This Is How I Hop, Skip, Jump, And Roll

I've been getting outside more as of late. I've been walking in the mornings or late afternoons, taking in nature and taking off some pounds. My new We-Have-Nothing-To-Eat-Because-Food-Costs-So-Much Diet is really paying off. I had a check-up today and I got an emphatic thumbs up from my physician.

To celebrate, what did I do?


I didn't go overboard and attack a smorgasbord at a local restaurant or that feeding trough they call a buffet. A celebratory mood calls for celebratory food!

Hoppin' John is a dish of black eyed peas (or crowder peas), rice, ham hock or bacon, onions, and sometimes bell peppers and vinegar. Traditionally eaten on New Year's Day, the peas are to give good luck and collard greens are to add wealth in the new year.

Every year I either forget which one means what or forget to eat black eyed peas and collard greens. Hoppin' John and its components can be eaten any time of the year and I felt it apropos to make these rolls because they're quite economical, easy to make, and something new to display a great Southern dish.

Hoppin' John Eggrolls

1/4 pound ground chicken or turkey
1/4 pound bulk sausage, casings removed & chopped fine
1 medium onion, small dice
1 jalapeno, diced
2 roma tomatoes, diced
1/2 cup black-eyed peas, drained & rinsed
1 tsp cayenne pepper
1/4 tsp salt
1 cup white rice, cooked
3 Tbsp white vinegar
1/4 tsp fresh cracked black pepper
10-12 Nasoya egg roll wrappers
water of egg wash for sealing wrappers

Preheat oven to 400 degrees F. Coat a nonstick skillet with cooking spray and turn heat on medium-high. Add chicken/turkey and onion. Brown over medium heat and use wooden spoon to break meat up into small pieces. Turn down heat and stir in jalapeno, tomatoes, peas, and seasonings. Add rice, vinegar and cook until heated through.
On a clean, flat surface, lay out egg roll wrappers in a diamond shape with the triangular-shaped corner facing you. Put 2 Tbsp of the hoppin' john mixture in the center of each of wrapper.

To assemble each of the rolls, take the bottom point of the wrapper and fold it over top of the filling. Fold the sides in towards the middle and roll the filling towards the top point of the wrapper.

The bottom and sides of the wrapper have been folded to encase the filling. I'm getting ready to roll it upwards and then seal it with water.

Seal the egg roll by dipping your index finger in a small bowl of water and running it over the top point of your wrap and any openings where you feel the wrap needs to be glued together.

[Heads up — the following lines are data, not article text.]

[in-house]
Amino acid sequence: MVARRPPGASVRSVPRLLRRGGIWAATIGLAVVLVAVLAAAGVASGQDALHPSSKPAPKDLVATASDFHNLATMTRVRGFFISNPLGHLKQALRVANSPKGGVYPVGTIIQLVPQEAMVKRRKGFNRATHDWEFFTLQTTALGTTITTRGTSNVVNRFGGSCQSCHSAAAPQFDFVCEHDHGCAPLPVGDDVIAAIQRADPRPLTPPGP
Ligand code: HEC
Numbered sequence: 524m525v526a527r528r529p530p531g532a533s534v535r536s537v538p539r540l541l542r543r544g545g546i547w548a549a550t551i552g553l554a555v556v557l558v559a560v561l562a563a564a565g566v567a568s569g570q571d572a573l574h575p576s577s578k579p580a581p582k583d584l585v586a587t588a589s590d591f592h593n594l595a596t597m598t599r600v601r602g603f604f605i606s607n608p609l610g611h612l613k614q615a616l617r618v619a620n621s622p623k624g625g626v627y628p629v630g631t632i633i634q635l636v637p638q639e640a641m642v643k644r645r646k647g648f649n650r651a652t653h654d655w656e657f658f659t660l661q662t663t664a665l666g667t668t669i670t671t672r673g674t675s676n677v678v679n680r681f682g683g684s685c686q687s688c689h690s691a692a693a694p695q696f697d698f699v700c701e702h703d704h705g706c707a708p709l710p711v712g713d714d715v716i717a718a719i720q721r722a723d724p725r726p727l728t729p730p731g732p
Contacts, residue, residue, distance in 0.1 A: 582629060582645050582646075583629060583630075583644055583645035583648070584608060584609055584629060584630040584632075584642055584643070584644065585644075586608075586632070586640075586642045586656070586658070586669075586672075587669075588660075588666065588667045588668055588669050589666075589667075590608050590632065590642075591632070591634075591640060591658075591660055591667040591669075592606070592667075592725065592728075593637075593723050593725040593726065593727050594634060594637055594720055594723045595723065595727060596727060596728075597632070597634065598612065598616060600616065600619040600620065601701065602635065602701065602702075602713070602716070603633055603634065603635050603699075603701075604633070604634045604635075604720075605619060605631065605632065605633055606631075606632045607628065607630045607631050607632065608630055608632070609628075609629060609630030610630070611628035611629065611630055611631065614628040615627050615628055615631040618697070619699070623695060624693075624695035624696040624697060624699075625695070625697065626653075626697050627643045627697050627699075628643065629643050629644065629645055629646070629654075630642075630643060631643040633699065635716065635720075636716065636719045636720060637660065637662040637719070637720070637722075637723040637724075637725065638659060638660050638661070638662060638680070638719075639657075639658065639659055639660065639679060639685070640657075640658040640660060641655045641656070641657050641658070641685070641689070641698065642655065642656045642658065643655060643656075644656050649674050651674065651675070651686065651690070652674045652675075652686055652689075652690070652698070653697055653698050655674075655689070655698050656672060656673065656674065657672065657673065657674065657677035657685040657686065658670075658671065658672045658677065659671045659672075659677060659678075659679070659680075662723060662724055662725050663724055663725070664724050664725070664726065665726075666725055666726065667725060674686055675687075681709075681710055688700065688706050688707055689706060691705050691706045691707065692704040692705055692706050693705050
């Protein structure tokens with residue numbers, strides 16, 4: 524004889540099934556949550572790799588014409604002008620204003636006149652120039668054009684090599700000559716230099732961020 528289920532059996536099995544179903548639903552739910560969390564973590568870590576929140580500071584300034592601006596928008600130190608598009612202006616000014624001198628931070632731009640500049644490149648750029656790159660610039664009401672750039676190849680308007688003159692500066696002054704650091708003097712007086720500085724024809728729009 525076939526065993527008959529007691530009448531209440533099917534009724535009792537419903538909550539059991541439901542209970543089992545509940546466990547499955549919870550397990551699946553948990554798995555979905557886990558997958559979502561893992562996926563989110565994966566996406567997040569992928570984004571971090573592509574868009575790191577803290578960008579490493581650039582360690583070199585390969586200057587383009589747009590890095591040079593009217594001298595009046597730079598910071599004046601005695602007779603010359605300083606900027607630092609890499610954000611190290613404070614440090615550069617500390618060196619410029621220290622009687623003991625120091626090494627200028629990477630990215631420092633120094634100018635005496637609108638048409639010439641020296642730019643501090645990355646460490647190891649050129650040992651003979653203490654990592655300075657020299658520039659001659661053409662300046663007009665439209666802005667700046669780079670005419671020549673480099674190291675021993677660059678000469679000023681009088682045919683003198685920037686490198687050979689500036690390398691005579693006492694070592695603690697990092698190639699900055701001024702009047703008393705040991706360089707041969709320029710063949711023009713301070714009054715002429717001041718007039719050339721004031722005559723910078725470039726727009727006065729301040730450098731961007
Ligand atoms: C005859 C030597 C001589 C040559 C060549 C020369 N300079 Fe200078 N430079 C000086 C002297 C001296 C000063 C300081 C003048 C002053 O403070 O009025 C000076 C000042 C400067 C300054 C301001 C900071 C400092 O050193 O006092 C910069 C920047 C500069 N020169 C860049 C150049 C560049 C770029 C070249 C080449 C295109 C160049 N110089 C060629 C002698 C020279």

Place all rolls (seams down) on a baking pan sprayed with nonstick cooking spray. Bake for 12 minutes, flipping rolls over about halfway through cooking.

The following dipping sauce is the only way I could incorporate greens on my plate without them being a side or taking 5 hours to cook. Gremolata is usually served as an accompaniment with osso bucco or other meat dishes to brighten them up.

Gremolata Dipping Sauce

3 cloves garlic, minced
1/4 cup fresh parsley, finely chopped
1 lemon
1/4 cup canned collard or turnip greens, drained well
1/3 cup fat-free sour cream
salt and pepper to taste

Using vegetable peeler, remove peel in long strips from lemon. Mince lemon peel. Transfer to small bowl. Mix in parsley, greens, garlic, and sour cream.

Like this post?

About the author

Nikki Miller-Ka

Nikki Miller-Ka

Ms. Miller-Ka is a classically trained chef with a BA in English from East Carolina University and a Culinary Arts Associate Degree from Le Cordon Bleu-Miami.

Formerly, she’s worked as a researcher, an editorial assistant, reporter and guest blogger for various publications and outlets in the Southeast. She has also worked as a catering chef, a pastry chef, a butcher, a baker, and a biscuit-maker. Presently, she is a food editor, freelance food writer, and a tour guide for Taste Carolina Gourmet Food Tours.

Leave a reply

  1. Toooo funny. But um, I bet that gremolata dipping sauce would be good w/some sweet cornbread sticks.

    I'm taking ur advice. I bought the candied lemon. Be on the look out for pics. You know I can't bake right - so this is going to be funny. I'm doing a trial run tomorrow night. If it doesn't turn out right - I'm going to the bakery instead - lol.